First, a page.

Thanks to the development of new treatments, survival rates for melanoma are higher than ever before. But how close are we to a cure?
Melanoma is a type skin cancer. It’s usually diagnosed in the early stages, when it’s highly treatable. According to the American Society of Clinical Oncology, removing melanoma with surgery provides a cure in most cases.
But when melanoma isn’t detected and treated early enough, it can spread from the skin to the lymph nodes and other parts of the body. When that happens, it’s known as advanced-stage melanoma.
To treat advanced-stage melanoma, doctors often prescribe other treatments with or instead of surgery. Increasingly, they’re using targeted therapies, immunotherapy, or both. Although advanced-stage melanoma is difficult to cure, these treatments have dramatically improved survival rates.
Targeted therapies are designed to identify and target cancer cells, mostly without harming normal cells.
Many melanoma cancer cells have mutations in the BRAF gene that help the cancer grow. About half of people who have melanoma that’s spread or melanoma that can’t be surgically removed have mutations in this gene, according to the National Cancer Institute.
BRAF and MEK inhibitors are targeted therapies that help prevent the growth of melanoma cells when BRAF gene mutations are present. These medications block the BRAF protein or related MEK protein.
However, research has found that a majority of people who initially respond well to these targeted therapies develop resistance to them within a year. Scientists are working to prevent that resistance by finding new ways to give and combine existing treatments. Studies are also underway to develop therapies that target other genes and proteins associated with melanoma cells.
Immunotherapy helps your natural immune system to attack cancer cells.
One group of immunotherapy drugs in particular has shown great promise for treating advanced-stage melanoma. These drugs are known as checkpoint inhibitors. They help the immune system’s T cells recognize and attack melanoma cells.
Studies have found these medications improve survival rates for people with advanced-stage melanoma, report the authors of a review article in the American Journal of Clinical Dermatology. Research published in The Oncologist has also found that people with melanoma can potentially benefit from treatment with these drugs, regardless of their age.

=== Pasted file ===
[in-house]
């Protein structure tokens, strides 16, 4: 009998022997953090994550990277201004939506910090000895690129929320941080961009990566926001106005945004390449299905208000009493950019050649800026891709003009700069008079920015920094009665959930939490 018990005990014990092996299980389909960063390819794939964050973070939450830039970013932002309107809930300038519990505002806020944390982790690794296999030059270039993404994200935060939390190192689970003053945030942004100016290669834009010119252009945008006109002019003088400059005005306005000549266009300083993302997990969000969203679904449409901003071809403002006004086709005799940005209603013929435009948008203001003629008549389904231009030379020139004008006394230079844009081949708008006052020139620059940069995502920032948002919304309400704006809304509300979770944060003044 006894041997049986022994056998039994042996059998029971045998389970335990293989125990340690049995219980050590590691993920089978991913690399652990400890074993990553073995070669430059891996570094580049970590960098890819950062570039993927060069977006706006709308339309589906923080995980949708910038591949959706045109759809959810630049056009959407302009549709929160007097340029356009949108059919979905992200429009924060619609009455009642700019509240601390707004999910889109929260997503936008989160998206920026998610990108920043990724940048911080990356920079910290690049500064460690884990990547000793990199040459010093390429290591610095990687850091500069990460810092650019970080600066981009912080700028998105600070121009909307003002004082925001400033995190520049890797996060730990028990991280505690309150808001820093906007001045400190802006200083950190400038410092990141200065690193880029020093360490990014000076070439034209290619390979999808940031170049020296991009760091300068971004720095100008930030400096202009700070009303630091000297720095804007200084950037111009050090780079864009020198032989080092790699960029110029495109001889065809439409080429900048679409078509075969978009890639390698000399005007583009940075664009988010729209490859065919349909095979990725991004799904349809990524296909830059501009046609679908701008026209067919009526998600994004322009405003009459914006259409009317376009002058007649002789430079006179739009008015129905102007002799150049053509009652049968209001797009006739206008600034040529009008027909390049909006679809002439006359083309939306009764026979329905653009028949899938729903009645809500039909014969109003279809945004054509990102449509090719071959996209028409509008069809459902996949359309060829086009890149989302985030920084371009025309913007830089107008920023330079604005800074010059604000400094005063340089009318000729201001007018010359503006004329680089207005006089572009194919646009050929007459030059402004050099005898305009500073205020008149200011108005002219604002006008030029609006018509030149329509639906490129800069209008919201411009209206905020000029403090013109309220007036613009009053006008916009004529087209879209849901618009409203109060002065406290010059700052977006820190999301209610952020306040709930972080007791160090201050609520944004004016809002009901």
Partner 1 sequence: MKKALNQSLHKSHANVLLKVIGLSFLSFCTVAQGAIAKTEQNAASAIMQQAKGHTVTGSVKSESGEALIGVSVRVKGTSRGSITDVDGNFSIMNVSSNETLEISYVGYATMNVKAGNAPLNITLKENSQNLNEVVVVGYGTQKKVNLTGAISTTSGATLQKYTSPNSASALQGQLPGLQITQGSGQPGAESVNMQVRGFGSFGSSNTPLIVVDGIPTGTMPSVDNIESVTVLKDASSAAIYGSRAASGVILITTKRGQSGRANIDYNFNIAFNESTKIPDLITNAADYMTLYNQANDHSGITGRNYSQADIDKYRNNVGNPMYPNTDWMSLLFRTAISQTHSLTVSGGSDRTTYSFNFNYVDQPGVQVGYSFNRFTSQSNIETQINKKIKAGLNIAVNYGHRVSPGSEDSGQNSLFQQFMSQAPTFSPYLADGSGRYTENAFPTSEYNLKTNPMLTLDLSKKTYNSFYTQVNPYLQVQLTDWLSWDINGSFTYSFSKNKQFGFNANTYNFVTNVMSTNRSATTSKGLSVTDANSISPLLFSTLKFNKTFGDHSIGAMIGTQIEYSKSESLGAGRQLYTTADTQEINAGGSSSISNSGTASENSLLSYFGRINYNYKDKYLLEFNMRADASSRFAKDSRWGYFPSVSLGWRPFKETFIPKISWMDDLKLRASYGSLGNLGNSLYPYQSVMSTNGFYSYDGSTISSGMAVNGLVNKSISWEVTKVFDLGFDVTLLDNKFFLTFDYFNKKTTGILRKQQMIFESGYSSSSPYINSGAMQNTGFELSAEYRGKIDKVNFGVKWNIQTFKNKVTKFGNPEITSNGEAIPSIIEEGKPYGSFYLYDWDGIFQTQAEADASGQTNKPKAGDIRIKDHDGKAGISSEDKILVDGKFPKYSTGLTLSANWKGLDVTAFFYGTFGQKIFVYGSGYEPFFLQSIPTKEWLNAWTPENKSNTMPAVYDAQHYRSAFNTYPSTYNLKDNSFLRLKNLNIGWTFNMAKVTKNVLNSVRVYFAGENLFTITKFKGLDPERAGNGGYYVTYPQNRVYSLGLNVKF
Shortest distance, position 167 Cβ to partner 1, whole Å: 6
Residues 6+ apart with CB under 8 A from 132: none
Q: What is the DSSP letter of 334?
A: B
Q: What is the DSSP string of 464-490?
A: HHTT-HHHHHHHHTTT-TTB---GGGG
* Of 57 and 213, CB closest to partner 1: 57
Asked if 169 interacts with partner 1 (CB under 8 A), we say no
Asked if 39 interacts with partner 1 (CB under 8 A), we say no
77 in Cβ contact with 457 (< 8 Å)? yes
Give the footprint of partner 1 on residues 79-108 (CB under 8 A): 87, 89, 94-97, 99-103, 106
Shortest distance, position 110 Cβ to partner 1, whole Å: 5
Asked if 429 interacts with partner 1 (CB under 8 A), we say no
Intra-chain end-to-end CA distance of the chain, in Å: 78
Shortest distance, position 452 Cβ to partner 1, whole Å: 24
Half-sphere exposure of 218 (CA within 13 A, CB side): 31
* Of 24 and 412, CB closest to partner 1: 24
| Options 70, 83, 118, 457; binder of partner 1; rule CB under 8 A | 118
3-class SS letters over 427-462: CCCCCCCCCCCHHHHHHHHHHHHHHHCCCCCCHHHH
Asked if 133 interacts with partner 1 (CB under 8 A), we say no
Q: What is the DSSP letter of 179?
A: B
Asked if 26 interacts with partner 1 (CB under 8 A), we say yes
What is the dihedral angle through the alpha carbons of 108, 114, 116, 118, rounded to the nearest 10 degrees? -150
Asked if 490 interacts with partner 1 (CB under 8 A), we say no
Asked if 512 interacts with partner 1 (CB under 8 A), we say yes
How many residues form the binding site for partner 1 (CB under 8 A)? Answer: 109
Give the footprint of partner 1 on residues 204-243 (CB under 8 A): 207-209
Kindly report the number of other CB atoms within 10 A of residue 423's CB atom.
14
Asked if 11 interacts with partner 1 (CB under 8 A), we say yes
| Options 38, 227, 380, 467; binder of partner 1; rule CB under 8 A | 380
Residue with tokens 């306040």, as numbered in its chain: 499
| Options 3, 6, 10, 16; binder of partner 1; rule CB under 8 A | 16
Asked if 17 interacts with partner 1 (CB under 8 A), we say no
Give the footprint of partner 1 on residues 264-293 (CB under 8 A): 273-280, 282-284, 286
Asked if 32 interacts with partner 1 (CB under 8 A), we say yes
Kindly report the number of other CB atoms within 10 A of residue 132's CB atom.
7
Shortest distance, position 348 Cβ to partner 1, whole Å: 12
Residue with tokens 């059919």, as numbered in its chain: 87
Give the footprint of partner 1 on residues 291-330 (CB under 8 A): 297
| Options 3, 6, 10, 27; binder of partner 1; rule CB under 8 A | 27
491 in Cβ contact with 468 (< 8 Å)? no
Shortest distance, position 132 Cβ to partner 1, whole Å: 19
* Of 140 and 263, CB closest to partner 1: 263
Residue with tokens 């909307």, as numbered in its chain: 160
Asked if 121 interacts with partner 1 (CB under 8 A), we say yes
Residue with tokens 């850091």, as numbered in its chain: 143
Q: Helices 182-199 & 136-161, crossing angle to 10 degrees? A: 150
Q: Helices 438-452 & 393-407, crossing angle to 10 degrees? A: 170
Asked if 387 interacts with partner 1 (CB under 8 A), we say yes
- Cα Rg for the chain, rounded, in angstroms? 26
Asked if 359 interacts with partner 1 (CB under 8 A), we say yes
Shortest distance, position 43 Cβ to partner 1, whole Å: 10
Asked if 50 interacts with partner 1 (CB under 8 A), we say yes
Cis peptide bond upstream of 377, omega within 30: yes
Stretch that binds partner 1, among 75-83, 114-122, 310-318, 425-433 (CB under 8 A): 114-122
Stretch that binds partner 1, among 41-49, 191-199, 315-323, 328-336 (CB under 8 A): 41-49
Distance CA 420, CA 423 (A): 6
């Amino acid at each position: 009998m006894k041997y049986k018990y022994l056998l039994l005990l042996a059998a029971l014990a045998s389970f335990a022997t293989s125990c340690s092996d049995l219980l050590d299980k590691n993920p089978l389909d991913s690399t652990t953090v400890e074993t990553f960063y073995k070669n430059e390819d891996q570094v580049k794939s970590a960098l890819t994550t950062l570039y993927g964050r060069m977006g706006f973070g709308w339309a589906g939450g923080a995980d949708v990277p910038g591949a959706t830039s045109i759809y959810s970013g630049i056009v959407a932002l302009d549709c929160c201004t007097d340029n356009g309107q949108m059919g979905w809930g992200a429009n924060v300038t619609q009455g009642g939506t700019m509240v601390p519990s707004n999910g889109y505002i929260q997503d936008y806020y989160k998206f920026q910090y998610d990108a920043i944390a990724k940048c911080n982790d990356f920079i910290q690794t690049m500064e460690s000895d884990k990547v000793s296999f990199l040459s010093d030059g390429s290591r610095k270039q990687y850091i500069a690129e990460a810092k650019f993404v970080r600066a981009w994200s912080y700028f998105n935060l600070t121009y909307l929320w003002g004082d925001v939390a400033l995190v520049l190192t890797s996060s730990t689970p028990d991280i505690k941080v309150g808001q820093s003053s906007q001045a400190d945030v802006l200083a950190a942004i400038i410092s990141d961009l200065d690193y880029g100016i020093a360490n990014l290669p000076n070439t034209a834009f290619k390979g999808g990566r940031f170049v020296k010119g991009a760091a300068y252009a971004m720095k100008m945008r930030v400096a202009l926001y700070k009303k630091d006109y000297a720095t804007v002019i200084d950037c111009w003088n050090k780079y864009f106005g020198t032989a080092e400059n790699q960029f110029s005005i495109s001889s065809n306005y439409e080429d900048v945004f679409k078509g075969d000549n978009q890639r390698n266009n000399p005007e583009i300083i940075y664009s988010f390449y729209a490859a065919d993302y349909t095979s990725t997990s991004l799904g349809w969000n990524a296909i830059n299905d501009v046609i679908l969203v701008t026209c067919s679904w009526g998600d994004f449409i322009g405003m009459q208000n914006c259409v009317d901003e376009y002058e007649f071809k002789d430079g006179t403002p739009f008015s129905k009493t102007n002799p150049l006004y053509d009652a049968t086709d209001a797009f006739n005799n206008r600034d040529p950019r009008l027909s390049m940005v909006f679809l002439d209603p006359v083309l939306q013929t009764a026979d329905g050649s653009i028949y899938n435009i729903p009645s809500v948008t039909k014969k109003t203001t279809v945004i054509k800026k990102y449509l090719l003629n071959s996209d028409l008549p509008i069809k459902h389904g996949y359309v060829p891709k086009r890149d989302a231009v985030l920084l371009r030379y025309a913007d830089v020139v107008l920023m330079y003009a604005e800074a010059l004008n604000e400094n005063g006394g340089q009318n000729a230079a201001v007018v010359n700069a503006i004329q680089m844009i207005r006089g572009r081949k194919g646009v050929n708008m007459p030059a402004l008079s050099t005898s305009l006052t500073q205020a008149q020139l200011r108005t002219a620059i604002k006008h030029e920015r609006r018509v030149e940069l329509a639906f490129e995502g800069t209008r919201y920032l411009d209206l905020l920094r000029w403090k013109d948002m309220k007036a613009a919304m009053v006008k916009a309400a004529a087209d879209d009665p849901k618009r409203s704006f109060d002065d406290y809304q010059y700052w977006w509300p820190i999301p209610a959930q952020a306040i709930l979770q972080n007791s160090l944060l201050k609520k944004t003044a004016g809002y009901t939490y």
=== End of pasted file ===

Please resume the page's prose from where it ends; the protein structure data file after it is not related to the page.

But immunotherapy doesn’t work for everyone. According to a research letter published in the journal Nature Medicine, only a portion of people with melanoma benefit from treatment with checkpoint inhibitors. More research is needed to learn which people are most likely to respond well to this treatment.
A 2017 review of phase III clinical trials found that current targeted therapies and immunotherapy work well to improve overall survival rates in people with advanced-stage melanoma. But the authors say that more research is needed to learn which therapy to try first.
Scientists are developing and testing strategies to identify which patients are most likely to benefit from which treatments. For example, researchers have found that people who have high levels of certain proteins in their blood may respond better than others to checkpoint inhibitors.
Studies are also underway to develop and test new therapies. According to an article in Gland Surgery, early research findings suggest that personalized anti-tumor vaccines may be a safe treatment approach. Scientists are also testing drugs that target melanoma with certain abnormal genes, reports the American Cancer Society.
New combinations of existing treatments might also help improve outcomes for some people with melanoma. Scientists are continuing to study the safety, efficacy, and optimal use of medications that have already been approved to treat this disease.
Before 2010, the standard treatment for people with advanced-stage melanoma was chemotherapy, and survival rates were low.
In the past decade, survival rates for people with advanced-stage melanoma have dramatically improved, in large part because of targeted therapies and immunotherapy. These treatments are the new standards of care for advanced stages of melanoma. However, researchers are still trying to learn which therapies are most likely to help which patients.
Scientists are also continuing to test new treatments and new combinations of existing treatments. Thanks to ongoing breakthroughs, more people than ever before are being cured of this disease.